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S. August Abbott, CAS
S. August Abbott, CAS, Certified Avian Specialist
Category: Bird
Satisfied Customers: 11156
Experience:  Work w/Avian Vet; published bird care nutrition& behavior articles; consults, research
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My daughter's budgie has recently developed a problem

Customer Question

My daughter's budgie has recently developed a problem standing, seems unable to coordinate his feet and become shaky and twitches at any noise from her other bird. She separated them some time ago due to bullying. Indigo is still taking water and food from her but is reluctant to be away from her. He has redeemed feet and skin around his neck. He did suffer a call a few months ago and we are wondering if he may have a brain injury. Any advice would be appreciated as we have been unsuccessful elsewhere.
Submitted: 2 years ago.
Category: Bird
Expert:  Nicola-mod replied 2 years ago.
I've been working hard to find a Professional to assist you with your question, but sometimes finding the right Professional can take a little longer than expected.
I wonder whether you're ok with continuing to wait for an answer. If you are, please let me know and I will continue my search. If not, feel free to let me know and I will cancel this question for you.
Thank you!
Customer: replied 2 years ago.
Thank you. Any help will be appreciated. Christine
Expert:  S. August Abbott, CAS replied 2 years ago.

Hello, I'm August Abbott, certified avian specialist and here to help. I apologize, along with the moderator for your wait, but this is the first time I've seen your question. Let's work together on this

As unusual as it may sound, when a bird loses its balance, it is usually the result of an internal problem.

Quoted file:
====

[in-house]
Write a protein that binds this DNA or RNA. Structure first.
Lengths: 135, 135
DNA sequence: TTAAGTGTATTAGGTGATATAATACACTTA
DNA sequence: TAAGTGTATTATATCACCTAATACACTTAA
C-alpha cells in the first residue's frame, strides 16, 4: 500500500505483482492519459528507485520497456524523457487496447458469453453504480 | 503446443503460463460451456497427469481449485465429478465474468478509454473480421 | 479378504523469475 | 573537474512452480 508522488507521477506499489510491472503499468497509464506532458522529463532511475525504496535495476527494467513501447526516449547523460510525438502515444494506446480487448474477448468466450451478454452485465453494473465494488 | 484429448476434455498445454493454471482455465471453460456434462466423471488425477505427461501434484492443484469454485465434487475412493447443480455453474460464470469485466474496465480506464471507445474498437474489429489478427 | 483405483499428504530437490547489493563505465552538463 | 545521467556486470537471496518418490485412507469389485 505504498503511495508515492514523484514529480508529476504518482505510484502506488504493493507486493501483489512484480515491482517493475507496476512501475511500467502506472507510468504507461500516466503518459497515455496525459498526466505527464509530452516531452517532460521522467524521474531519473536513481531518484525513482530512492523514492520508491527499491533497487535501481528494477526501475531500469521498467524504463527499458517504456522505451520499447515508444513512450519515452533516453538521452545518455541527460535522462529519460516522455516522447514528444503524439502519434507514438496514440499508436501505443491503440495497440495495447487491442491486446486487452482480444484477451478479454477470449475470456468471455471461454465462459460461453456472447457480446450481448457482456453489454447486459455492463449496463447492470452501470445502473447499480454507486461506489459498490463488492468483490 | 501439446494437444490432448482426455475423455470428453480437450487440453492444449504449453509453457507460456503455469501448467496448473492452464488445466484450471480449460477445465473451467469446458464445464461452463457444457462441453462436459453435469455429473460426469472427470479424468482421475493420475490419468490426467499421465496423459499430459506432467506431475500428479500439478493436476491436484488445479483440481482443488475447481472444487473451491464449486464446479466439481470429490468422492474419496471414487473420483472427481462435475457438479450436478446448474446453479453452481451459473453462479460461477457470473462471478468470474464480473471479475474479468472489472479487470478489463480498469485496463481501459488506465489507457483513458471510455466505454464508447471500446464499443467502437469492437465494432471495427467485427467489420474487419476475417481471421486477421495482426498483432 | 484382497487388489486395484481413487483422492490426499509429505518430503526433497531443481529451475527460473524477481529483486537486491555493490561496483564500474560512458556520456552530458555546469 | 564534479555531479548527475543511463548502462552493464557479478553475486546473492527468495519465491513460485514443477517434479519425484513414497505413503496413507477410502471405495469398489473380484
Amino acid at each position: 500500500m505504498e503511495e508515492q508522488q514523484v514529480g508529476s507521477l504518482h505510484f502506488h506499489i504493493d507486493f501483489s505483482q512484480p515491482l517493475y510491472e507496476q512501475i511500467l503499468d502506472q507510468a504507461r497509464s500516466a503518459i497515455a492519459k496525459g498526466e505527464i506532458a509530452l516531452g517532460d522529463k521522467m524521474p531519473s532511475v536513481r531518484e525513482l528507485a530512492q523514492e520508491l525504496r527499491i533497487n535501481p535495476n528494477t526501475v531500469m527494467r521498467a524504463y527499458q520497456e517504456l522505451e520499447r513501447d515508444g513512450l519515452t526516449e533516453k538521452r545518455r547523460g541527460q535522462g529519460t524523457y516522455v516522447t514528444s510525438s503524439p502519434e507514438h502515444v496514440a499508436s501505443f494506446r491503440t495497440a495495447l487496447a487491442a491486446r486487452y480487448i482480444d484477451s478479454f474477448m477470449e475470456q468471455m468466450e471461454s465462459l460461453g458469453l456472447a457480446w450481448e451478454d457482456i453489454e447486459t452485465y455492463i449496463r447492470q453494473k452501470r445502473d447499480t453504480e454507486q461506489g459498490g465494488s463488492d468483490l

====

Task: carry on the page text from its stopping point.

Let’s go over a few of the more common:

Sometimes a tumor on the kidney will not appear on the outside of the body, but other symptoms such as limping, the loss of use of a leg (or both) and/or imbalance might occur. This happens when the tumor presses on certain nerves.

Tumors can also be in a male’s testes or female’s ovaries and there are not always obvious changes until later on when the growth is more dominant inside.

Other indications that there may be tumor activity would be a change in cere color, weight loss, changes in droppings (often becoming pasty, soiling around the vent) and just subtle, overall changes that owners may sense more than actually see or be able to describe.

--- The thing I suspect most is Fatty liver disease is something that is often seen in a bird on a seed only or predominantly seed diet. No matter how much the manufacturer insists they are fortified and healthy, they are misleading all of us.
and though a cockatiel site, this will apply to all psittacines (parrots)

Skeletal problems, deficiencies and even toxicities can cause a loss of balance and restlessness in some birds, as well as the more common symptoms such as breathing difficulties, open mouthed breathing and so on.
Zinc and other toxic metals or substances can be ingested slowly over time when toys, clasps, chains, links or even cages are chewed on or played with. Other poisonings occur when the bird actually swallows a toy, link or piece of one. Watch out for bell clappers for instance.

Take a look here under critical conditions to reassure yourself that urgent veterinary intervention may be necessary (these symptoms apply to all birds, not just ‘tiels)


As incredible as it might seem, birds don’t need much, if any vitamin C. It is a water soluble vitamin which means it passes out of the body after the body takes what it needs and C is available in a wide variety of both fresh and processed foods given to birds.

Vitamin A/Beta Carotene, on the other hand, is frequently found to be deficient in birds. This is a fat soluble vitamin which means it gets stored in the fat cells of the body, so it’s possible to overdose on it. With our companion birds though, too little is the situation most often encountered.